This woman’s linear hyperpigmentation is formally known as longitudinal melanonychia.
After the initial diagnosis, it is important to determine if the melanonychia is due to melanoma or a benign process. Many people with darker skin types (Fitzpatrick skin types V or VI) have several of these lines, so it is reassuring when these lines are present on multiple digits. Additional evaluation is warranted, however, when only 1 longitudinal melanonychia is present.
In this case, it was clear that the pigmentation was homogeneous and in a parallel line format. (Dermoscopy can aid in the evaluation of such lesions.) There was no spreading of the pigmentation onto the skin around the nail (Hutchinson sign), which would be suggestive of melanoma. The patient noted that the lesion had been present (without progression) over a 10-year period, which also was consistent with a benign process. A new lesion, rapid change, a triangular pattern wider at the cuticle vs the distal nail, and nail disruption are worrisome features that would have warranted a biopsy.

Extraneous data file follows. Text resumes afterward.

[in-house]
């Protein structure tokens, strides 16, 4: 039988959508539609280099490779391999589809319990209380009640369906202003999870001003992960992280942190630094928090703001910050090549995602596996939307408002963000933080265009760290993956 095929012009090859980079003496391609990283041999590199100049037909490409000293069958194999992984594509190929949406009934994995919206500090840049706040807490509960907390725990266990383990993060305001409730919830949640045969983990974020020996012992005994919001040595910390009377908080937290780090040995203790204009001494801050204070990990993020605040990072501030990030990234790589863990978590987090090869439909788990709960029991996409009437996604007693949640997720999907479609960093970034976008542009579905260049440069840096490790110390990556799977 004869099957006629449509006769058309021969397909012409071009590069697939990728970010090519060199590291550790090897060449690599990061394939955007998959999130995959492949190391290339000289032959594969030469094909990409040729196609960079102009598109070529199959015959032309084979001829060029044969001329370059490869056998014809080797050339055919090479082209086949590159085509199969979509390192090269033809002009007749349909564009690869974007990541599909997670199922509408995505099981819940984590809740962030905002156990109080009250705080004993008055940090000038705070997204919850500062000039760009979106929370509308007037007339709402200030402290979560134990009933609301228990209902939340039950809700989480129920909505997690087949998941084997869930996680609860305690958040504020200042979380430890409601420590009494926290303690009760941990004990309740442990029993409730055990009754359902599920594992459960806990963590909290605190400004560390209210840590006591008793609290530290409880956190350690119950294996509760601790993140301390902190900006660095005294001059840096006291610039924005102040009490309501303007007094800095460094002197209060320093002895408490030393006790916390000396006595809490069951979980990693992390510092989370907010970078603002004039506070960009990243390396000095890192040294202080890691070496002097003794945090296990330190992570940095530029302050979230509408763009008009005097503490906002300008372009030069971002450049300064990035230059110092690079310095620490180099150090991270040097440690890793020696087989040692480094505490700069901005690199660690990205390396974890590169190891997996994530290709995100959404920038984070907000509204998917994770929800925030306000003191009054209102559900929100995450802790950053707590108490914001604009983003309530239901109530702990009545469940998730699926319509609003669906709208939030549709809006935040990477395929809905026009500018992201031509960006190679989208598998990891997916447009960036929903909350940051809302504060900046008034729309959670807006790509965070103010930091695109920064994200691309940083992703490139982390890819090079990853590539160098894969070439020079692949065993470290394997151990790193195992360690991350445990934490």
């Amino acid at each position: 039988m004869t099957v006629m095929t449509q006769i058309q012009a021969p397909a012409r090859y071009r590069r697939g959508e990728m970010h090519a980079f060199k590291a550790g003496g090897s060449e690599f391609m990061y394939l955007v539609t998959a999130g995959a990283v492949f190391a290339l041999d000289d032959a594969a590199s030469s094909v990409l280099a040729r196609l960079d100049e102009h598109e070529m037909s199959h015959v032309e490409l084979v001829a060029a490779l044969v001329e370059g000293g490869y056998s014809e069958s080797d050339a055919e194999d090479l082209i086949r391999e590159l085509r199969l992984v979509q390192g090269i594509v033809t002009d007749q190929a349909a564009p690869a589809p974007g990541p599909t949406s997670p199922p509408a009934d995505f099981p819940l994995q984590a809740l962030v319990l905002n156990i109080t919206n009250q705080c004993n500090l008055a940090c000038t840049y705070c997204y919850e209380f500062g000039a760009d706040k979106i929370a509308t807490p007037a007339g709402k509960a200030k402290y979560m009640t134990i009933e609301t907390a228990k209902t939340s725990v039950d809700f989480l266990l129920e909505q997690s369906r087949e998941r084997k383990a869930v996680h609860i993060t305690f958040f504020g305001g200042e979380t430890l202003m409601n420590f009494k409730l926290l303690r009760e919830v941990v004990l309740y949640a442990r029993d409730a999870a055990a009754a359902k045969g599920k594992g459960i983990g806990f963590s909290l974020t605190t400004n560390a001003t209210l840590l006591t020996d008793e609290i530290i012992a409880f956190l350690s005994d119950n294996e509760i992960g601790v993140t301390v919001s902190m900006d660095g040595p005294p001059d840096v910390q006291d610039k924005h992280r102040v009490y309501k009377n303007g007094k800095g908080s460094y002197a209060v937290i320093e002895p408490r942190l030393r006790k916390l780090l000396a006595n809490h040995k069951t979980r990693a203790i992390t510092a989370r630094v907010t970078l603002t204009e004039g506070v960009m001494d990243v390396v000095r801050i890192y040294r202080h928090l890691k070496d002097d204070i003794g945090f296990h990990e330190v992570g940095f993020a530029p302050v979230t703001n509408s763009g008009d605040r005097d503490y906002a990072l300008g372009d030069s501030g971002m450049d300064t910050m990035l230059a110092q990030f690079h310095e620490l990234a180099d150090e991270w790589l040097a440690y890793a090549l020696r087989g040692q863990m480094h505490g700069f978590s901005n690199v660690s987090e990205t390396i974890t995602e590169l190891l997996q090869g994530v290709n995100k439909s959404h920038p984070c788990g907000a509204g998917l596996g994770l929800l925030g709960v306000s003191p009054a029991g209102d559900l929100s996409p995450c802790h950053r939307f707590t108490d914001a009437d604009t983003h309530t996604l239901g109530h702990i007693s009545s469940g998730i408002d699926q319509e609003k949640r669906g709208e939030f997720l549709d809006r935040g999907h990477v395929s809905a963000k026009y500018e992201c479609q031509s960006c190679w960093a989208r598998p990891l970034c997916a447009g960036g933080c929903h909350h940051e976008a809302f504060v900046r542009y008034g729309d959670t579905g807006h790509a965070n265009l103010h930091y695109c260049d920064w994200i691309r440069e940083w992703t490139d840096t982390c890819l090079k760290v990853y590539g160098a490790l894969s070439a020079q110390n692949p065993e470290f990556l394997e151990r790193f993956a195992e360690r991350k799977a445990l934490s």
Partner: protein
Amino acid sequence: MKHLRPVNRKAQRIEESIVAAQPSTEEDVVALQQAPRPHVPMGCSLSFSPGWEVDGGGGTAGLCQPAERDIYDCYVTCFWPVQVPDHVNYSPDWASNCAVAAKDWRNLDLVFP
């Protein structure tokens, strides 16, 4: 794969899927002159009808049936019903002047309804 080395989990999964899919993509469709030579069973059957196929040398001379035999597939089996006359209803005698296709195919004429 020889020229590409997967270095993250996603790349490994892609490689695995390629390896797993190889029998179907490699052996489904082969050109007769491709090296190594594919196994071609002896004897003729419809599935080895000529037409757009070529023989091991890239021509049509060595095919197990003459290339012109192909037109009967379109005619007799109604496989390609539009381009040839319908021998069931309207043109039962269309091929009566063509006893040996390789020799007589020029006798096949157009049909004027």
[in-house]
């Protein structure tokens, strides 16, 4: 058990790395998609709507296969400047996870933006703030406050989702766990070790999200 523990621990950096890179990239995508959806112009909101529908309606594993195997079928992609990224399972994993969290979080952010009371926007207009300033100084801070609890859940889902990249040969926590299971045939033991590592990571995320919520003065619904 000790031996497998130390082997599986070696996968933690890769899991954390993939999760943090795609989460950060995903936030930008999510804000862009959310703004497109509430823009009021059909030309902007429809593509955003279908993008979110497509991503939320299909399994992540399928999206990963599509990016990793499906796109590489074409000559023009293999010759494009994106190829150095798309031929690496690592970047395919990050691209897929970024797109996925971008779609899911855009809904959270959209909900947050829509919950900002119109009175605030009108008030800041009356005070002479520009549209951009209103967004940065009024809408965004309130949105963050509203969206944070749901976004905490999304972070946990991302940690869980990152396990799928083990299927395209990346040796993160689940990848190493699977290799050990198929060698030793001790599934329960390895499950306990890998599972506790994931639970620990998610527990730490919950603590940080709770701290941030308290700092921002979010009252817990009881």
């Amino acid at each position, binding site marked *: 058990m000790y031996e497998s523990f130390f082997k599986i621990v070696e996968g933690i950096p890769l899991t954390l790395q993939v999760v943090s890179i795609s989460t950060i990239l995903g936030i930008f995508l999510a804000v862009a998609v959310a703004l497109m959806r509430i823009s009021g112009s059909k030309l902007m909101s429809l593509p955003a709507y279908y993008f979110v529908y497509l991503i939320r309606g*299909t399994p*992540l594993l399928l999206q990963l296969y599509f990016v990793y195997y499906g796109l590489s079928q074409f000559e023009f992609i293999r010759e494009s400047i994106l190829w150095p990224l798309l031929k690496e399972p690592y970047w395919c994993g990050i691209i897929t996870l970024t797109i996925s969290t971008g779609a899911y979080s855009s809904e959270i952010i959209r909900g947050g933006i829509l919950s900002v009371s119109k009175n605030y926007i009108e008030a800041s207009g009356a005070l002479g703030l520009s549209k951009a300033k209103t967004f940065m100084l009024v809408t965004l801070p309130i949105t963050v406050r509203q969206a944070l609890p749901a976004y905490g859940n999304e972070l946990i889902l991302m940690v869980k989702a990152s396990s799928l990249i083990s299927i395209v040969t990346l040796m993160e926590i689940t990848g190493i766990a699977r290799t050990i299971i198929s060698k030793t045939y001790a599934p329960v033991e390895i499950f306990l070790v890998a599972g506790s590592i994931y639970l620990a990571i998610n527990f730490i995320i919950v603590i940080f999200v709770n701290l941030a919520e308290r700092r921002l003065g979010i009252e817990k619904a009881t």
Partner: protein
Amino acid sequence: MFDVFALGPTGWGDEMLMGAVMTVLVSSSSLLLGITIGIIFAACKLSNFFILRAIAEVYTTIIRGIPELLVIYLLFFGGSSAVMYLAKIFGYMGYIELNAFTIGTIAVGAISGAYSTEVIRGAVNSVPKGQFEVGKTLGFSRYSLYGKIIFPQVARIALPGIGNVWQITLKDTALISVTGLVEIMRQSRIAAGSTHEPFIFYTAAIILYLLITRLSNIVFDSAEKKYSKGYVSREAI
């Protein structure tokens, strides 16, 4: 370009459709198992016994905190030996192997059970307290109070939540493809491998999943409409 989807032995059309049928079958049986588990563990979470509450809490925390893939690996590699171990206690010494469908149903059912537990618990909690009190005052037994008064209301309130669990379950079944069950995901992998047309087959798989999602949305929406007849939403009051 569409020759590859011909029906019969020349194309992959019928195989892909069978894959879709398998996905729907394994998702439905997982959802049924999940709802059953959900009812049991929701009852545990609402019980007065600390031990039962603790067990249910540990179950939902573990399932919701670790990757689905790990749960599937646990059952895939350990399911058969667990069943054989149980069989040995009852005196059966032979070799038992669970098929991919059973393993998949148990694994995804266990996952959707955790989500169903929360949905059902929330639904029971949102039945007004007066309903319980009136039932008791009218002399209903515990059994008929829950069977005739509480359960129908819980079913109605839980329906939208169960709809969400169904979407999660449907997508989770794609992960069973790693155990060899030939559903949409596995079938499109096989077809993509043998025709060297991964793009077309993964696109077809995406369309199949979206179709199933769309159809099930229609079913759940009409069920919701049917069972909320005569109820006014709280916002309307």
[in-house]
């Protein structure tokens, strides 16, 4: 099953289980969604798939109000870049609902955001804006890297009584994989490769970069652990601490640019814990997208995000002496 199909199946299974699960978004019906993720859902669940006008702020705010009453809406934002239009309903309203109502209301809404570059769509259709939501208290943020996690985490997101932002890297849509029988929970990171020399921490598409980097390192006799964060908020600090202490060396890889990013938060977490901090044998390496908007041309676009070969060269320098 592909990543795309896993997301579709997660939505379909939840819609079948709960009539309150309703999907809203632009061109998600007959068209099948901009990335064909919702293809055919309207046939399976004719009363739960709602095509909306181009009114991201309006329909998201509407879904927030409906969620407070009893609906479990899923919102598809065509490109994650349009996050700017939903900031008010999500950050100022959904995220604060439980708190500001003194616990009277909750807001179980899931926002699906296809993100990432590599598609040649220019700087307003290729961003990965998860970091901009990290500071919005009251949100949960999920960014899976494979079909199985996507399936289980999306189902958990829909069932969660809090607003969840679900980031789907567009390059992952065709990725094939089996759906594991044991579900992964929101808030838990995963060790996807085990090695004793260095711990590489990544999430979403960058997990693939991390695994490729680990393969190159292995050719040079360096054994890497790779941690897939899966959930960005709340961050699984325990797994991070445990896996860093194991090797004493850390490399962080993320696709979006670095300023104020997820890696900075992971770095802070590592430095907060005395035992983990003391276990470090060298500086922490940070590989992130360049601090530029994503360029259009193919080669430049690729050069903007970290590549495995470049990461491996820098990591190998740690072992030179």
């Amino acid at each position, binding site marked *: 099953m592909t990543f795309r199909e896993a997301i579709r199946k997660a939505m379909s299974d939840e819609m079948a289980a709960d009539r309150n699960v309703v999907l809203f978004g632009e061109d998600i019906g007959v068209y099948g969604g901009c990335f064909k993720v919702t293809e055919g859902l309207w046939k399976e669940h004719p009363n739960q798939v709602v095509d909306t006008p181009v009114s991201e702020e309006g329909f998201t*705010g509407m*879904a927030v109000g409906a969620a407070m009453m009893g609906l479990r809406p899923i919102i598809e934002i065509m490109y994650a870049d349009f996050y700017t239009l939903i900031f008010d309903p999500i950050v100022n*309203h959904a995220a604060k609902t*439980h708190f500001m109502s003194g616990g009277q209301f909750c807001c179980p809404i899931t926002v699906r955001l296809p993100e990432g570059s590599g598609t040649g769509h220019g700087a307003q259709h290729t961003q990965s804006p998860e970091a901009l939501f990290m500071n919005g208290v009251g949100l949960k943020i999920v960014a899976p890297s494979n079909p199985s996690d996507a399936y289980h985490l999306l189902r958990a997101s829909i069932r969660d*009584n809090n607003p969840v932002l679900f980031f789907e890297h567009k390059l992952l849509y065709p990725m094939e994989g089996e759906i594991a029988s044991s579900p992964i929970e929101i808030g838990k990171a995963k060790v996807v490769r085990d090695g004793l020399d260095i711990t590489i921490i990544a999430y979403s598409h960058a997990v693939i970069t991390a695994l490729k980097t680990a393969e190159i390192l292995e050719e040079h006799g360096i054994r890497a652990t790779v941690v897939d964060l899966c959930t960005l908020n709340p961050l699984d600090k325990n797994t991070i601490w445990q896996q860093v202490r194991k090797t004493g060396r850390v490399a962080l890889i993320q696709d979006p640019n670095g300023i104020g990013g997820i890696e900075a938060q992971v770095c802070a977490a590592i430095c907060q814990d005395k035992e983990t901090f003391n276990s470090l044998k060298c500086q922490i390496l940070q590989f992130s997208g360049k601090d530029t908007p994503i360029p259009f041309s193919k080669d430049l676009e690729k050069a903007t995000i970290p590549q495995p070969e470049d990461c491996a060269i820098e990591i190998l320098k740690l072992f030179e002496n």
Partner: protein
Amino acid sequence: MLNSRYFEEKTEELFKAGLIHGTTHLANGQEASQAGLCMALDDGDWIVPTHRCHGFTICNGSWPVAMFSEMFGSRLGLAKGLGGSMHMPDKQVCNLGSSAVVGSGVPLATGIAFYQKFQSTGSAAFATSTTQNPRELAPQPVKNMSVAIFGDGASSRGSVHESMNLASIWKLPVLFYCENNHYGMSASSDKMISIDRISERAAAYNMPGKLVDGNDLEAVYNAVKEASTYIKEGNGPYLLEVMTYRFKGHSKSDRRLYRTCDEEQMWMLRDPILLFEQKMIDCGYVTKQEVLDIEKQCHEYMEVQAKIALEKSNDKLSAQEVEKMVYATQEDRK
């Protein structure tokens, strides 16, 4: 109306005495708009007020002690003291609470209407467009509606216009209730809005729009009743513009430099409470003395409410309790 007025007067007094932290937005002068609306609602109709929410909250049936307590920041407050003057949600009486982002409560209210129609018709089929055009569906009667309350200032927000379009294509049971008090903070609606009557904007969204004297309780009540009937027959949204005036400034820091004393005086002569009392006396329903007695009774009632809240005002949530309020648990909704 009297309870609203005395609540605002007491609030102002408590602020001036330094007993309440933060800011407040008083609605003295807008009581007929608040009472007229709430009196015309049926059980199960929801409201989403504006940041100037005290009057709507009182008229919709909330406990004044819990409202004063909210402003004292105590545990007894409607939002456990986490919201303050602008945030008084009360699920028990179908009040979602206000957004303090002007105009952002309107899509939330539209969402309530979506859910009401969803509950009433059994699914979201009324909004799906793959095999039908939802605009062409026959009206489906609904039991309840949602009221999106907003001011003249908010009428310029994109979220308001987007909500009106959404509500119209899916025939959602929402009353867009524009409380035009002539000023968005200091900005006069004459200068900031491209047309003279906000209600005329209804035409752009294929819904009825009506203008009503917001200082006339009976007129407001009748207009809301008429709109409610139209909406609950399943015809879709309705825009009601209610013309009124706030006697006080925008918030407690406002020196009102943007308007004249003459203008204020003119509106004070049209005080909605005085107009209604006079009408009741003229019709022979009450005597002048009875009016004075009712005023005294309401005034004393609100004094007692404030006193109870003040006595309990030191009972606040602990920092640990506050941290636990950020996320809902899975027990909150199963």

If a biopsy is called for, be sure to sample the origin of the pigmentation under the cuticle and the nail at the nail matrix. This requires partial or complete nail removal to reach the matrix, and there is a risk of permanent nail disruption. In light of this, it’s important to discriminate which lesions are at higher risk for melanoma.
In this patient, who had a stable lesion and no concerning history or findings, it was likely that she had a benign nevus or lentigo in the nail matrix. She was instructed to watch for any changes and to notify her physician if any occurred, as such changes might require a biopsy.
Photo and text courtesy of Daniel Stulberg, MD, FAAFP, Department of Family and Community Medicine, University of New Mexico School of Medicine, Albuquerque.